- Astronomers release the results of their six-year survey of the outer solar system
- Search finds 815 trans-Neptunian objects, 461 reported for the first time
- Further study of their orbit may reveal more about a hypothesized ninth planet.
More than 800 small objects have been detected beyond Neptune in a discovery that could help identify the hypothesized planet in our solar system, known as Planet Nine.
Researchers have reported the results of a six-year survey to map the outer solar system, called the Dark Energy Survey (DES), using a telescope at the Cerro Tololo Inter-American Observatory high in the Chilean Andes .
Their discovery has yielded 815 trans-Neptunian objects (TNOs), with 461 objects reported for the first time in a new one. pre-print research paper.
TNOs are so called because they are further than any minor planet or dwarf planet in the Solar System with an orbit beyond Neptune.
Further study of their movements and orbit could potentially reveal the gravitational influence of Neptune, the ninth official planet after Planet Nine.
It was only last month that another team of experts plotted the possible location of Planet Nine, which lies some 46.5 billion miles from the Sun.
Planet Nine, with 10 times the mass of Earth, located beyond the dwarf planet Pluto, is the Holy Grail among many astronomers. Painted, artist’s impression of the fictional planet
Dark Energy Survey (DES)
The Dark Energy Survey is a Southern Hemisphere observational project designed to investigate the acceleration of the universe that began in 2013.
The international, collaborative effort aims to map millions of galaxies, detect thousands of supernovae, and find patterns of cosmic structure that will reveal the nature of the mysterious dark energy that is accelerating the expansion of our universe.
Astronomers are using a highly sensitive 570-megapixel digital camera, DECam, mounted on the Blanco 4-meter telescope in Chile, to conduct the survey.
This new research is led by Dr. Pedro Bernardinelli in the Department of Physics and Astronomy at the University of Pennsylvania.
The primary purpose of DES is to measure the accelerated rate of cosmic expansion based on data from millions of galaxies.
But this paper reports TNO – much closer to home – on cosmic events based on six years of data captured between 2013 and 2019.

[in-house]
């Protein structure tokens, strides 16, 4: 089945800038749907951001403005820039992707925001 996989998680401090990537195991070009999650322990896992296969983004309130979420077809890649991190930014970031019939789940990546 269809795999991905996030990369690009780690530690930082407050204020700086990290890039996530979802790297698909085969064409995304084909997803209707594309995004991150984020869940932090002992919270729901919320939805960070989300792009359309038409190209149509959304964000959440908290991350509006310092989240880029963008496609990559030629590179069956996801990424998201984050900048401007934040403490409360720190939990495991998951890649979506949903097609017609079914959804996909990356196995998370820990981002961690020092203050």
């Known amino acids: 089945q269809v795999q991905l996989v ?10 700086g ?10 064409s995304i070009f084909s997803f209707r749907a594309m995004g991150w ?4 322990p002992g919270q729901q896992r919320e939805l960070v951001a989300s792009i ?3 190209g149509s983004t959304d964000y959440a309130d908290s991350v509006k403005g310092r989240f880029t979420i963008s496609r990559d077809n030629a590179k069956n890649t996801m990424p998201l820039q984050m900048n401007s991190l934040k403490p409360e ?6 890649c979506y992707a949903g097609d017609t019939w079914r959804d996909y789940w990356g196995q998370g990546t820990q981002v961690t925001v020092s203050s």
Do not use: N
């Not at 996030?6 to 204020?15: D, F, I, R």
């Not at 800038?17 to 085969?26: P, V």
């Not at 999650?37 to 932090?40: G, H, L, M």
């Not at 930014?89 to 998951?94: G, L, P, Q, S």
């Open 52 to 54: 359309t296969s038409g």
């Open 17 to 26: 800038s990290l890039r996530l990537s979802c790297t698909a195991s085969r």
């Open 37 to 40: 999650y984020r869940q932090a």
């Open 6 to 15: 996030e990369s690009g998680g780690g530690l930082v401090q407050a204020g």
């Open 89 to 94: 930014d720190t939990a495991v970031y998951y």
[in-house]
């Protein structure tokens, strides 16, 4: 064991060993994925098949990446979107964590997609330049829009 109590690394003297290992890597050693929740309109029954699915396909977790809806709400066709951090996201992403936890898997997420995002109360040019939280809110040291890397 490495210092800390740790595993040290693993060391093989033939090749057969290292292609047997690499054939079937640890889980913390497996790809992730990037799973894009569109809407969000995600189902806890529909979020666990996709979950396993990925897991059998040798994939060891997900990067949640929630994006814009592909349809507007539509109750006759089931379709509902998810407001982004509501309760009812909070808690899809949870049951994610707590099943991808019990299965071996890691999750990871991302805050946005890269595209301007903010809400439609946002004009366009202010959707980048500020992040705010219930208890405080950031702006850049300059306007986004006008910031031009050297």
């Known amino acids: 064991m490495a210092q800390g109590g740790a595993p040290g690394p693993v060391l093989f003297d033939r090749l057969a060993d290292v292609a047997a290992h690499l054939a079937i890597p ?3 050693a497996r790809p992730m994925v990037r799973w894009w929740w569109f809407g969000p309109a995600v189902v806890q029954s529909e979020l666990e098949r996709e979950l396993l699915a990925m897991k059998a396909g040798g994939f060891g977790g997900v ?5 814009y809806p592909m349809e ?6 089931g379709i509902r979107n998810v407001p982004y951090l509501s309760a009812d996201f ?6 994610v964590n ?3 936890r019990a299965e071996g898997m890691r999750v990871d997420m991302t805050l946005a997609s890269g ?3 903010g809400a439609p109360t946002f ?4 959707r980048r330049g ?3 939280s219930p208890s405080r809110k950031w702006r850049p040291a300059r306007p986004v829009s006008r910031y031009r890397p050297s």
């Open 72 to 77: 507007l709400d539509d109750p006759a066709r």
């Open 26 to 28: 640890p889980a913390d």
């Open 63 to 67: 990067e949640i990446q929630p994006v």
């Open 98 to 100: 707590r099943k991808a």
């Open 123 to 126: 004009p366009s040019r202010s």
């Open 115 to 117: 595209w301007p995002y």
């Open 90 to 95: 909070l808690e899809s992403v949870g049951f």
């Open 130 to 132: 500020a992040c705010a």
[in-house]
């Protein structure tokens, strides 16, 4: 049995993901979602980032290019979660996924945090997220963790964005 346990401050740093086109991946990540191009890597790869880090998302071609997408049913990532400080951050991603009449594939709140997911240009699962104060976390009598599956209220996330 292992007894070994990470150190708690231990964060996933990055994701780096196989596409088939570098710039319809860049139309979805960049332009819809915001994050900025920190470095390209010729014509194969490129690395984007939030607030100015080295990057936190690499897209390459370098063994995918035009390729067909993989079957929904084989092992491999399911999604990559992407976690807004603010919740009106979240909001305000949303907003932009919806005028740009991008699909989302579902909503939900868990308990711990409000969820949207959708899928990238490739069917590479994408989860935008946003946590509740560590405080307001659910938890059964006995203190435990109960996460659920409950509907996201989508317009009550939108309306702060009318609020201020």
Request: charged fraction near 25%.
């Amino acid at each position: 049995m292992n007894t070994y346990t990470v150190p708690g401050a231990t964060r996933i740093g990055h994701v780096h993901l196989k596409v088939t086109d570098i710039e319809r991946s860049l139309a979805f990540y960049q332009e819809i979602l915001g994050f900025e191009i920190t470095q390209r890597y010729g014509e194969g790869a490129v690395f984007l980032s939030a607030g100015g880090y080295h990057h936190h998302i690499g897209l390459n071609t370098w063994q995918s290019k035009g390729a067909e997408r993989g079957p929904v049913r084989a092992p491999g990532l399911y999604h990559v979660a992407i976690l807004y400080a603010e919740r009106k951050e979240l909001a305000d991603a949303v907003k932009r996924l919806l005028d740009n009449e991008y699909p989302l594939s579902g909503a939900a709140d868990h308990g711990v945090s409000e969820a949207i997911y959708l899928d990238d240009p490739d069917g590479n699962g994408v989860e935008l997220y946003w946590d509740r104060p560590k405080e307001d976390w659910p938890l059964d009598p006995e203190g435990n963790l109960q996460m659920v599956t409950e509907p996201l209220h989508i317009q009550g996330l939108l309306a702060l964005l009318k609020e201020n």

‘An important detail is that when you take an image of the sky, you see not only what you are looking for, but you also see other things that are in the same region of the sky that are closer to or closer to the sky. may be ahead. Your goal,’ said Dr. Bernardinelli universe today.
‘That’s why we get to see anything from airplanes to asteroids to TNOs, as well as stars and distant galaxies. So we use the data to find other things – in my case, TNO.’
TNO is thought to be composed of a mixture of rock, amorphous carbon and volatile ice such as water and methane.
They are believed to be remnants from the formation of the Solar System.
Their current orbital distribution is thought to be the result of the migration of the giant planets – Jupiter, Saturn, Uranus and Neptune – into their current orbits.
If it does exist, Planet Nine is surpassing both Neptune and Pluto, which was classified as a dwarf planet in 2006 as a planet.
What about Pluto?
Pluto is not a planet, but a dwarf planet.
In 2006, the International Astronomical Union, a global group of astronomy experts, established a definition of a planet that required it to ‘clear’ its orbit – in other words, to have the greatest gravitational force in its orbit.
Since Neptune’s gravity affects its neighboring planet Pluto, and Pluto shares its orbit with the frozen gases and objects in the Kuiper Belt, this means that Pluto was out of position as a planet.
They probably launched these objects after Neptune as they migrated. Dr Bernardinelli said astronomers can study TNOs to detect such events.
‘By collecting data on hundreds of these objects, we get to ask all kinds of questions, like “How fast did Neptune migrate?” (Our data shows a preference for slow migration) or “Is there a ninth planet hiding in the outskirts of the Solar System?”, he said.
‘Our data does not show the expected signal, but that doesn’t mean we dismiss the idea of Planet Nine.’
Planet Nine was first theorized by Caltech experts in 2014 when they observed that TNOs behave unusually.
The farthest orbits of these TNOs—which are 250 times further from the Sun than Earth—all point in the same direction.
Astronomers still claim that this can be explained by the gravitational pull of the ninth planet in our solar system that orbits 20 times more distant from our Sun than Neptune.
However, to date, astronomers have only circumstantial evidence for the existence of Planet Nine.
An alternative hypothesis is that there is not a giant planet, but that the imbalance is due to the combined gravitational effects of much smaller objects.
This was put forward in May 2020 by researchers who suggested that the elusive Planet Nine may be nothing more than a mirage.
He proposed that this is ‘mass gravity’, a massive disk of icy debris that contains millions of smaller bodies.
If it exists, Planet Nine is in the outer reaches of our own solar system, beyond the Kuiper Belt, the doughnut-shaped ring of icy objects that extends beyond the orbit of Neptune.
Another team of researchers reported in December last year that Planet Nine may have formed at its origin in the inner Solar System and then fell out of interaction with Jupiter.
Planet Nine: Objects’ Orbits Beyond Neptune Show That ‘Something Is Big’
Astronomers believe that the orbits of many objects in the distant regions of the Solar System have been disrupted.